How to Make a Relationship Work When You Live in Different Cities
In this economy, a lot of people are going back to school, taking whatever job (in whatever city) they can, or moving home to their parents. Given that, and after Julia’s email on Tuesday, I thought we should talk about long-distance relationships. I’ve been in a few and I’ve learned a lot. Here’s how to make the LDR work.
Defriend (or unfriend) him on Facebook. If your new guy is leaving for law school, are you planning to check Facebook to see which of his new classmates are friending him? Will you scrutinize what they look like and how many of them are of the opposite sex? Are you going to follow him on Twitter? Stop and think about this: Do you really want all that information? In this case, I say ignorance is bliss. Cut yourself off. Trust him and don’t look. You will start wondering and worrying every time he doesn’t call. And then when he does call, you’ll explode on him and he won’t be ready for it.
Related: 12 Things Guys Wish You Knew in Bed
Skype, Skype, Skype. Or video chat. I was baffled recently when I met two long-distance couples who do not video chat. They were all young, high-tech people. They acted hesitant about it. But it’s not like you’re talking to strangers on Chat Roulette. You’re talking to your boyfriend! Video chatting is a great invention, so take advantage. You need to connect and make eye contact and read body language. And you don’t even have to be that long distance. I used to Skype a guy in the West Village. It was easier than taking the F train.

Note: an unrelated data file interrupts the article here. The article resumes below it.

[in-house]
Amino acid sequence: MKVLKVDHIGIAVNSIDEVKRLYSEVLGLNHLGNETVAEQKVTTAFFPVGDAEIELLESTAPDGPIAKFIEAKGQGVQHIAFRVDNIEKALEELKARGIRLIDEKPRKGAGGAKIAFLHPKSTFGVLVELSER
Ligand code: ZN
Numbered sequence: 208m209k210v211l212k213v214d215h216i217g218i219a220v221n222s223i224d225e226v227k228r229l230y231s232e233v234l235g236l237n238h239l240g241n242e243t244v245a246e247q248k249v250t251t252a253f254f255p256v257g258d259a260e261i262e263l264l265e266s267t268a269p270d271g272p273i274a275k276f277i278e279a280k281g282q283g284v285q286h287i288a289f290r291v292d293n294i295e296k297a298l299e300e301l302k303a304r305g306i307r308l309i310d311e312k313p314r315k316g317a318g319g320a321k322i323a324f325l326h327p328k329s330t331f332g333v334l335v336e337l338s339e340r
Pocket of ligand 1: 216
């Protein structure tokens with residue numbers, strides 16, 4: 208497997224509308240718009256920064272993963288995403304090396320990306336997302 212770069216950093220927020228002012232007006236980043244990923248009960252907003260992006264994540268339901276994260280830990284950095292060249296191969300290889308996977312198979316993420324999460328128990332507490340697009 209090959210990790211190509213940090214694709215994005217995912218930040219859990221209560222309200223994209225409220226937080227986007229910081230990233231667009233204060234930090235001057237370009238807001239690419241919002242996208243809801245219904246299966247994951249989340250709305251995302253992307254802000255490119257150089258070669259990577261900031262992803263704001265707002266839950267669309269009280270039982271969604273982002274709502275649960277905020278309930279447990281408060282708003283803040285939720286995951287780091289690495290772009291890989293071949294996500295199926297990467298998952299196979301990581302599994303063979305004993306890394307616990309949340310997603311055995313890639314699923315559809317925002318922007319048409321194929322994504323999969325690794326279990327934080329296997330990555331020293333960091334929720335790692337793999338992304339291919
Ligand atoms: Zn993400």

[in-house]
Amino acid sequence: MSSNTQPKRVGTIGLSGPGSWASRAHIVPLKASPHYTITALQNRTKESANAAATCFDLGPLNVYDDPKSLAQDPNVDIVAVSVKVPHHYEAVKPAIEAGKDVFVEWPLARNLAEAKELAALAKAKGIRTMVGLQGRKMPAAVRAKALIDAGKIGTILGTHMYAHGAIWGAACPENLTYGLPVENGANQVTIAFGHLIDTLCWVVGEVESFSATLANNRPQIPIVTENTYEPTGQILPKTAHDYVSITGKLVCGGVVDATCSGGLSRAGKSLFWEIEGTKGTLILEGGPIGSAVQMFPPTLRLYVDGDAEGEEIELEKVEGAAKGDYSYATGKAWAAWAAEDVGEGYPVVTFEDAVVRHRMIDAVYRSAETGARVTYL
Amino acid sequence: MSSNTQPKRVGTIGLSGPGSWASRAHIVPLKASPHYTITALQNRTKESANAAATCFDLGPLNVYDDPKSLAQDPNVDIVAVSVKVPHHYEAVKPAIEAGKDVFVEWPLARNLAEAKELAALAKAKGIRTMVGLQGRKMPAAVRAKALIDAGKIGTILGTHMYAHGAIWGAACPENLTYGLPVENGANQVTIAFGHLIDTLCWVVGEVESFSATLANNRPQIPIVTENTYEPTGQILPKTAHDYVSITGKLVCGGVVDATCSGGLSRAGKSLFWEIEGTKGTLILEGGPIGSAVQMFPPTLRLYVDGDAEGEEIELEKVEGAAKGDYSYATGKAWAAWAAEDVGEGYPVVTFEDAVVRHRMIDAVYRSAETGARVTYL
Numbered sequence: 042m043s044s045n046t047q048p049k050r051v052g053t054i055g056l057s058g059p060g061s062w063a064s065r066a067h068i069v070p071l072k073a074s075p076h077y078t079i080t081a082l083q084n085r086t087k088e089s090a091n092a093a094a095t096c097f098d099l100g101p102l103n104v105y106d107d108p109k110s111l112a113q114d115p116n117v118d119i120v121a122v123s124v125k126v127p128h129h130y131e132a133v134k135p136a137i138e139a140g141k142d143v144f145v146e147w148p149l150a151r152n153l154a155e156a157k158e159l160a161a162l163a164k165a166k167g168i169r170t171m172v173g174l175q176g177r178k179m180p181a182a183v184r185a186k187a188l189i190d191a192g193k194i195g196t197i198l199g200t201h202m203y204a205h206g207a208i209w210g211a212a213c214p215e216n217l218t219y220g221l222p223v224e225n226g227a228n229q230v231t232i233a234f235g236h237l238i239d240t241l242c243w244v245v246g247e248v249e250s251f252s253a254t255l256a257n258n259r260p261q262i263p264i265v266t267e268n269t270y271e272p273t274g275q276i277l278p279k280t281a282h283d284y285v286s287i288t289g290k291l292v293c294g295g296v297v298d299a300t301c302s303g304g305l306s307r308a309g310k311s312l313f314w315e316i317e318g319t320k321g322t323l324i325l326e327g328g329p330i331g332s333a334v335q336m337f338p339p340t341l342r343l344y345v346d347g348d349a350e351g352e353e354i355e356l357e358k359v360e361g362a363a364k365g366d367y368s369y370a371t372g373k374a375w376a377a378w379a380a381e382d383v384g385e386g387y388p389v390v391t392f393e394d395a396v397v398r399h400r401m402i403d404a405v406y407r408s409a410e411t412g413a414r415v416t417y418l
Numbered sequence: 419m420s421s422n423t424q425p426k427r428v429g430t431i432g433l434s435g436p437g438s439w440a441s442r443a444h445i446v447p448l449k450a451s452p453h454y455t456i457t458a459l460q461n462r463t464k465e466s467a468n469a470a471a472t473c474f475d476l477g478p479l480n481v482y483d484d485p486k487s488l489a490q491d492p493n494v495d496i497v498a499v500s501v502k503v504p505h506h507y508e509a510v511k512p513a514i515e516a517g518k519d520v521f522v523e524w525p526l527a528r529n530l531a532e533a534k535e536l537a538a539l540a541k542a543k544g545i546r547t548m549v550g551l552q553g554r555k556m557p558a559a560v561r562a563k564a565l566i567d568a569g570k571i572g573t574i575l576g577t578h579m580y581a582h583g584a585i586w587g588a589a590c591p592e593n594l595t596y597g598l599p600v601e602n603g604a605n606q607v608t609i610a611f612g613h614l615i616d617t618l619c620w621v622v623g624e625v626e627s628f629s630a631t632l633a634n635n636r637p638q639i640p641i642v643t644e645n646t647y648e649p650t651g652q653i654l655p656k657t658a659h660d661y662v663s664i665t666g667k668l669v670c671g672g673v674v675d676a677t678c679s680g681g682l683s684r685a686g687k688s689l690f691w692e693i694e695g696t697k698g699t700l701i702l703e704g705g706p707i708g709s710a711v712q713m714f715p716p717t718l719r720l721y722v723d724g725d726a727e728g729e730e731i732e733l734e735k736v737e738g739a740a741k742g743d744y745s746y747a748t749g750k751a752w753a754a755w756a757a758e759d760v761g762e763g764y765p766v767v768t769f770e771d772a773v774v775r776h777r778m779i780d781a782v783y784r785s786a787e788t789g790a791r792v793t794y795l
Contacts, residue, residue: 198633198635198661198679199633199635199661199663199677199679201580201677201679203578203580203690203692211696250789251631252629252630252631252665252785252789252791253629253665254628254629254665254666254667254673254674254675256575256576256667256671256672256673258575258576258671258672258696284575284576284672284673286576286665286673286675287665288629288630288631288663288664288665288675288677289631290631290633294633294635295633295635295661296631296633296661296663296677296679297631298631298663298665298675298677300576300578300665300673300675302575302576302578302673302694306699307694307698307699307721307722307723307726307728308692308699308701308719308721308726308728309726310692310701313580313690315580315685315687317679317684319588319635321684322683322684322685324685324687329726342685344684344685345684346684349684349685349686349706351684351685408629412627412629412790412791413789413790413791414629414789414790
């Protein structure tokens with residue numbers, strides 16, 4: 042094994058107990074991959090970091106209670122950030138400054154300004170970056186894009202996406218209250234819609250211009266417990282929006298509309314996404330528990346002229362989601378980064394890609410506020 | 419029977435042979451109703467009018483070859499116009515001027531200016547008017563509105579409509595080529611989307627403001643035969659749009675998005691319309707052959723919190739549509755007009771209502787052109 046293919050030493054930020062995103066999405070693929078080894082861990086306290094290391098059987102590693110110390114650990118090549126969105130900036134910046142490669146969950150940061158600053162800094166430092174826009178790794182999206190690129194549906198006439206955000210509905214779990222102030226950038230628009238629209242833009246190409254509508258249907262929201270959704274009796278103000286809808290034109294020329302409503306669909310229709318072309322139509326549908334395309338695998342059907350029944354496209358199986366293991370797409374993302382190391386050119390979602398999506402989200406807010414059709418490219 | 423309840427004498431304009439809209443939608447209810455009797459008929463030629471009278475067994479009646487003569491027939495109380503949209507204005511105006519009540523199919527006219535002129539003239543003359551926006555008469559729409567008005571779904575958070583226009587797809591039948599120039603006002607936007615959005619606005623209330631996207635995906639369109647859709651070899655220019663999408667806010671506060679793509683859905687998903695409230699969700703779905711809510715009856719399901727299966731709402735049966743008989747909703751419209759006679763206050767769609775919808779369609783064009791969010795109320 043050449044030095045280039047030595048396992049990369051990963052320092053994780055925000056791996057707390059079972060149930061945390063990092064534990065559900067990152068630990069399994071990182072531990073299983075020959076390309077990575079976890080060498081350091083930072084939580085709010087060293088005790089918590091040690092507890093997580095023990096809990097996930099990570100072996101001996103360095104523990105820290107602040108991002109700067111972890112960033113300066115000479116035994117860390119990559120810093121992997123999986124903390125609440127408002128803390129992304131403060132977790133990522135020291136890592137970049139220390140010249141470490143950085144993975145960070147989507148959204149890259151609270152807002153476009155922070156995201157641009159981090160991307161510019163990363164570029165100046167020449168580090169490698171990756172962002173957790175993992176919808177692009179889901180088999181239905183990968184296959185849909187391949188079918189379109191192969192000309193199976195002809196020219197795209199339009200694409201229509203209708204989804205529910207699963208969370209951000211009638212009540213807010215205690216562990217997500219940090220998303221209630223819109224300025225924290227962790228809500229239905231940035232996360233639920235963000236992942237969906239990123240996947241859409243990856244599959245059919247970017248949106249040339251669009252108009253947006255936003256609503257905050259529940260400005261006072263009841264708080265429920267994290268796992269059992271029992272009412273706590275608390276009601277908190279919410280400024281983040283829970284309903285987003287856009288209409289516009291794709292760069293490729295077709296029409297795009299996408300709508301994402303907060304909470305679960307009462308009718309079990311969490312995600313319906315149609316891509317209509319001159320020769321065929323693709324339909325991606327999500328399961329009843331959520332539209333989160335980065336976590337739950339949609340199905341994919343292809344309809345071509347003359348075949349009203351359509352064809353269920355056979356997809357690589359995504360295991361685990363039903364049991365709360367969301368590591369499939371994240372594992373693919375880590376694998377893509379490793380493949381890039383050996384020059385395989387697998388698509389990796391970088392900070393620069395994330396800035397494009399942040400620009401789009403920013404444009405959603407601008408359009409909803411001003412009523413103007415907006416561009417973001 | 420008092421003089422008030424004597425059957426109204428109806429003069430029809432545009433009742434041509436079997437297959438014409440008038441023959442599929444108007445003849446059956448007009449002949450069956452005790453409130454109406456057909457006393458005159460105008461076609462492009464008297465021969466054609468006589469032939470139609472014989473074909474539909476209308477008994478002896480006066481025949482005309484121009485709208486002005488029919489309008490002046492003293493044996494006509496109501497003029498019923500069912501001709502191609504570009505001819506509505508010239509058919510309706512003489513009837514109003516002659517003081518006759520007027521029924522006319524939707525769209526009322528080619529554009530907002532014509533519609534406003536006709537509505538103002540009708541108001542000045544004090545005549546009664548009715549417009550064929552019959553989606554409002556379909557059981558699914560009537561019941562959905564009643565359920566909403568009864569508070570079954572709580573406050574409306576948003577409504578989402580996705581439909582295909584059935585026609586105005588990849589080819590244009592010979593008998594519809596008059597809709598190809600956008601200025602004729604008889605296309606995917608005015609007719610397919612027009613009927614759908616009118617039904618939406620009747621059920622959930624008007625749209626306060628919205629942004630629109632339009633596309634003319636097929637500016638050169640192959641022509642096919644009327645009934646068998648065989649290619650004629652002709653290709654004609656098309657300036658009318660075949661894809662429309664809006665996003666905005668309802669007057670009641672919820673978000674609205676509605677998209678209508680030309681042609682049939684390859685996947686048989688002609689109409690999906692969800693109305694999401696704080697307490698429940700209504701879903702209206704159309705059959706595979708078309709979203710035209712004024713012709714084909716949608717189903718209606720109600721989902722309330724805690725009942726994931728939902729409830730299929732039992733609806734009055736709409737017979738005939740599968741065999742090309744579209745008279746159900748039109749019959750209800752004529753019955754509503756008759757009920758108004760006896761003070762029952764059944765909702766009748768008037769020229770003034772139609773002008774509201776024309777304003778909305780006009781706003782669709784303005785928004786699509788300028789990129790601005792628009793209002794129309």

Use a Google calendar. I had a long-distance boyfriend who would forget what he was doing the next second, let alone the next weekend. So when I wanted to RSVP us for a birthday party in NYC, it would have been helpful if he had written in the calendar, “Business School Ski Trip, Vermont.” Set up some sort of automated, shared calendar if you can.
Surprise him. Send him a care package or a card, but don’t go overboard, especially if he’s not making similar gestures. Sure, he’s busy studying and you’re bored at your temp job and you want to do nice things and be supportive. But you don’t want to make him your whole focus. This happens so easily. Absence makes the heart grow fonder. Really fond. Too fond. Pretty soon you could be living for the weekends, or spring break, or whenever you’ll get to see him next. Also: don’t make a sex tape or anything like what Khloe Kardashian did for husband Lamar while he was on the road. You never know where those things might end up.
Splurge every once in a while. The traveling may become a burden. You cannot take the bus every weekend and arrive in a terrible mood each time you see him. Save up to take a train or fly every once in a while. You don’t want to resent your boyfriend because of the bus and all of the crazies on board. Likewise, if driving your car is taxing, take a train once in a while.
Schedule a State of the Union talk. If your boyfriend is moving for a job or an open-ended assignment, you have no sense of when the long-distance thing will end. And the idea of riding the bus to Boston every other weekend until eternity will upset you more than you realize. You need a potential end date. Take for example Calculus class—you hate it, but you know exactly when it will end (one semester), and that gives you hope. You know there is freedom ahead. When the Prez gives his State of the Union address, he discusses our country’s condition, agenda, and priorities. Consider having a similar talk. Maybe you agree that in six months, you will pow-wow about where you two are and where you’re headed. If he doesn’t know and he’s not willing to talk about it, that’s another thing to think about.
Bottom line: Communication is key. Talk about your expectations for how often you’ll see each other (realistically) and how often you’ll talk (and when). You can’t be too fixed in this area if he’s a student, though. Students keep strange hours.